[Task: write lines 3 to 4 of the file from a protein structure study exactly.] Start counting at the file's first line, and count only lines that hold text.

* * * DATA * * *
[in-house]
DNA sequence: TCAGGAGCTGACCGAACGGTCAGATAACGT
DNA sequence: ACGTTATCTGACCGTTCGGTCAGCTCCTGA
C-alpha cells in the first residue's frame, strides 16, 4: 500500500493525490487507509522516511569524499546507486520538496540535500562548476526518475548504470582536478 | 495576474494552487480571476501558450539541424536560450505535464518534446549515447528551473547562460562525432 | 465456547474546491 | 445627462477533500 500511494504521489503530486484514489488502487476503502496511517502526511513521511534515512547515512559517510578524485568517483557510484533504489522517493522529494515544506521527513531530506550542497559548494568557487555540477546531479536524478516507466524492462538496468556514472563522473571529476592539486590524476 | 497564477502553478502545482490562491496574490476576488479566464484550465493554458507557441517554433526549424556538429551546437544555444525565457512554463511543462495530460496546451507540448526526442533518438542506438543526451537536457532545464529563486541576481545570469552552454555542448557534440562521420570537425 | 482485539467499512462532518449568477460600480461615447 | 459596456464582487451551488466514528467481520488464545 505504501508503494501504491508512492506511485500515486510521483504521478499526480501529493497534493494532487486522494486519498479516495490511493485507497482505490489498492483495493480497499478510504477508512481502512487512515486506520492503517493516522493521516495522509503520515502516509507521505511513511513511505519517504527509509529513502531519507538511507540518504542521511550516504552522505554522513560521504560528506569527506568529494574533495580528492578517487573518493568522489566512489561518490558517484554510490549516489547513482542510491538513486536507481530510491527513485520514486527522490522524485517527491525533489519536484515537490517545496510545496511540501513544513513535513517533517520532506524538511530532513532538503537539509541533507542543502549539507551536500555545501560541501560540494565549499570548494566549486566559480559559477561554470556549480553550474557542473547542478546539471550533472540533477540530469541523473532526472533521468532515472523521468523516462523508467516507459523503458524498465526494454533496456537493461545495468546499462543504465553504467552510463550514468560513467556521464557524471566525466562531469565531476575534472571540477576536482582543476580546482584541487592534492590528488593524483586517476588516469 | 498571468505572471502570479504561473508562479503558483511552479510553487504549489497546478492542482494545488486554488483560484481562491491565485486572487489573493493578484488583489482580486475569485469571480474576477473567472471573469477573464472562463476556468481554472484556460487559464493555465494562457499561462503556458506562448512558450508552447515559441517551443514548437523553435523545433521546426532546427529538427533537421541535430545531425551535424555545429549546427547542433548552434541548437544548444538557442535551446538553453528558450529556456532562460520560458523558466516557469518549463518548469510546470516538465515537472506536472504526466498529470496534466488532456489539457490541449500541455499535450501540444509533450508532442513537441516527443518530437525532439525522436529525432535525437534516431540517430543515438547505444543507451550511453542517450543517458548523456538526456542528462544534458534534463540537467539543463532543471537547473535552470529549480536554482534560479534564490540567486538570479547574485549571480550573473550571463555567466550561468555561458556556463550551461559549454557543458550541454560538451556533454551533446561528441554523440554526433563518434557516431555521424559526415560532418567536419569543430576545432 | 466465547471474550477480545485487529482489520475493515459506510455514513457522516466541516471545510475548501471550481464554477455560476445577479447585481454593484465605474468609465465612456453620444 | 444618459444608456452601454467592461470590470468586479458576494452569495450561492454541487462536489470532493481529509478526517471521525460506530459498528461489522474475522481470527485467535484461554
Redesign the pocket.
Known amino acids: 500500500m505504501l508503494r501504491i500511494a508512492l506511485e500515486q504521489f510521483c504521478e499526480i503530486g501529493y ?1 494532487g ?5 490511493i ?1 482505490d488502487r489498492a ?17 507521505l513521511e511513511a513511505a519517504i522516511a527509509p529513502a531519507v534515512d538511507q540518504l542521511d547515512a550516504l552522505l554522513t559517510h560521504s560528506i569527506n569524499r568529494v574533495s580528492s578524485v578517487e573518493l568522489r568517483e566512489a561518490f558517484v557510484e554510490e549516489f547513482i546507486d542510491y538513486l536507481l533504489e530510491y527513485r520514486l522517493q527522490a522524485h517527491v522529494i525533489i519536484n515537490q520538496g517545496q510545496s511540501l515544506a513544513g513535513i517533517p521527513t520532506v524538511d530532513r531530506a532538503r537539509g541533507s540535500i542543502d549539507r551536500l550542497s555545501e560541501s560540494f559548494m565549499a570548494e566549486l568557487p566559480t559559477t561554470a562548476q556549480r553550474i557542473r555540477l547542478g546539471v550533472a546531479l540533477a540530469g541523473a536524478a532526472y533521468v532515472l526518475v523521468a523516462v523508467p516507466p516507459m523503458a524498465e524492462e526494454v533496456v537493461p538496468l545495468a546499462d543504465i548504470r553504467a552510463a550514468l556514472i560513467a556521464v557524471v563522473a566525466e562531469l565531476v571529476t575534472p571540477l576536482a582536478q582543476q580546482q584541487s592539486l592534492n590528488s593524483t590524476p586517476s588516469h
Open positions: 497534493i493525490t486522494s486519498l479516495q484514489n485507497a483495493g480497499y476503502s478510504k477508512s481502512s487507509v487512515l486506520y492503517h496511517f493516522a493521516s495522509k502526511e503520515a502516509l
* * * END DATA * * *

DNA sequence: ACGTTATCTGACCGTTCGGTCAGCTCCTGA
C-alpha cells in the first residue's frame, strides 16, 4: 500500500493525490487507509522516511569524499546507486520538496540535500562548476526518475548504470582536478 | 495576474494552487480571476501558450539541424536560450505535464518534446549515447528551473547562460562525432 | 465456547474546491 | 445627462477533500 500511494504521489503530486484514489488502487476503502496511517502526511513521511534515512547515512559517510578524485568517483557510484533504489522517493522529494515544506521527513531530506550542497559548494568557487555540477546531479536524478516507466524492462538496468556514472563522473571529476592539486590524476 | 497564477502553478502545482490562491496574490476576488479566464484550465493554458507557441517554433526549424556538429551546437544555444525565457512554463511543462495530460496546451507540448526526442533518438542506438543526451537536457532545464529563486541576481545570469552552454555542448557534440562521420570537425 | 482485539467499512462532518449568477460600480461615447 | 459596456464582487451551488466514528467481520488464545 505504501508503494501504491508512492506511485500515486510521483504521478499526480501529493497534493494532487486522494486519498479516495490511493485507497482505490489498492483495493480497499478510504477508512481502512487512515486506520492503517493516522493521516495522509503520515502516509507521505511513511513511505519517504527509509529513502531519507538511507540518504542521511550516504552522505554522513560521504560528506569527506568529494574533495580528492578517487573518493568522489566512489561518490558517484554510490549516489547513482542510491538513486536507481530510491527513485520514486527522490522524485517527491525533489519536484515537490517545496510545496511540501513544513513535513517533517520532506524538511530532513532538503537539509541533507542543502549539507551536500555545501560541501560540494565549499570548494566549486566559480559559477561554470556549480553550474557542473547542478546539471550533472540533477540530469541523473532526472533521468532515472523521468523516462523508467516507459523503458524498465526494454533496456537493461545495468546499462543504465553504467552510463550514468560513467556521464557524471566525466562531469565531476575534472571540477576536482582543476580546482584541487592534492590528488593524483586517476588516469 | 498571468505572471502570479504561473508562479503558483511552479510553487504549489497546478492542482494545488486554488483560484481562491491565485486572487489573493493578484488583489482580486475569485469571480474576477473567472471573469477573464472562463476556468481554472484556460487559464493555465494562457499561462503556458506562448512558450508552447515559441517551443514548437523553435523545433521546426532546427529538427533537421541535430545531425551535424555545429549546427547542433548552434541548437544548444538557442535551446538553453528558450529556456532562460520560458523558466516557469518549463518548469510546470516538465515537472506536472504526466498529470496534466488532456489539457490541449500541455499535450501540444509533450508532442513537441516527443518530437525532439525522436529525432535525437534516431540517430543515438547505444543507451550511453542517450543517458548523456538526456542528462544534458534534463540537467539543463532543471537547473535552470529549480536554482534560479534564490540567486538570479547574485549571480550573473550571463555567466550561468555561458556556463550551461559549454557543458550541454560538451556533454551533446561528441554523440554526433563518434557516431555521424559526415560532418567536419569543430576545432 | 466465547471474550477480545485487529482489520475493515459506510455514513457522516466541516471545510475548501471550481464554477455560476445577479447585481454593484465605474468609465465612456453620444 | 444618459444608456452601454467592461470590470468586479458576494452569495450561492454541487462536489470532493481529509478526517471521525460506530459498528461489522474475522481470527485467535484461554